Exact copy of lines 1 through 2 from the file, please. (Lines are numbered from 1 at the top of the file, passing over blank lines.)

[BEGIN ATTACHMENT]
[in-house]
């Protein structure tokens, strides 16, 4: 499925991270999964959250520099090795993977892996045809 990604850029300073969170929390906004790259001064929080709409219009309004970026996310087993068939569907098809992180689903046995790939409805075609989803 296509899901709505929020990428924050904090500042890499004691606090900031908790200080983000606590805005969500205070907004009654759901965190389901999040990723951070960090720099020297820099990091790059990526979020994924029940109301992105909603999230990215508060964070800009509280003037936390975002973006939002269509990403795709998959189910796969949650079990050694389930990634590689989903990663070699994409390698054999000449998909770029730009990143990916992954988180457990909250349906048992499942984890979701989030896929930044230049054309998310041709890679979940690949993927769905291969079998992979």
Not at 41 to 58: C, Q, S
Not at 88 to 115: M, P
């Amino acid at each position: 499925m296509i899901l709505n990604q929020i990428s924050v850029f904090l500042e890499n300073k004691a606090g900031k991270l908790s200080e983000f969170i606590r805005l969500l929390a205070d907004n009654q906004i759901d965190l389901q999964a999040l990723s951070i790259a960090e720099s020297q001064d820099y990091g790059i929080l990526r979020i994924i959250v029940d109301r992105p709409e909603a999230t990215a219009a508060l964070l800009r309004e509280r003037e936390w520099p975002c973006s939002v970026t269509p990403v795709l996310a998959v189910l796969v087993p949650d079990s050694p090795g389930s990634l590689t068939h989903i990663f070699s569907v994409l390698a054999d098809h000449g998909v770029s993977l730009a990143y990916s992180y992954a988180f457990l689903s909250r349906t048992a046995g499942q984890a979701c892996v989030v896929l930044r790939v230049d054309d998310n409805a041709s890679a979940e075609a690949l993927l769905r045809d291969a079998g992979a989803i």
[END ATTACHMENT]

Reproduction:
[in-house]
């Protein structure tokens, strides 16, 4: 499925991270999964959250520099090795993977892996045809 990604850029300073969170929390906004790259001064929080709409219009309004970026996310087993068939569907098809992180689903046995790939409805075609989803 296509899901709505929020990428924050904090500042890499004691606090900031908790200080983000606590805005969500205070907004009654759901965190389901999040990723951070960090720099020297820099990091790059990526979020994924029940109301992105909603999230990215508060964070800009509280003037936390975002973006939002269509990403795709998959189910796969949650079990050694389930990634590689989903990663070699994409390698054999000449998909770029730009990143990916992954988180457990909250349906048992499942984890979701989030896929930044230049054309998310041709890679979940690949993927769905291969079998992979």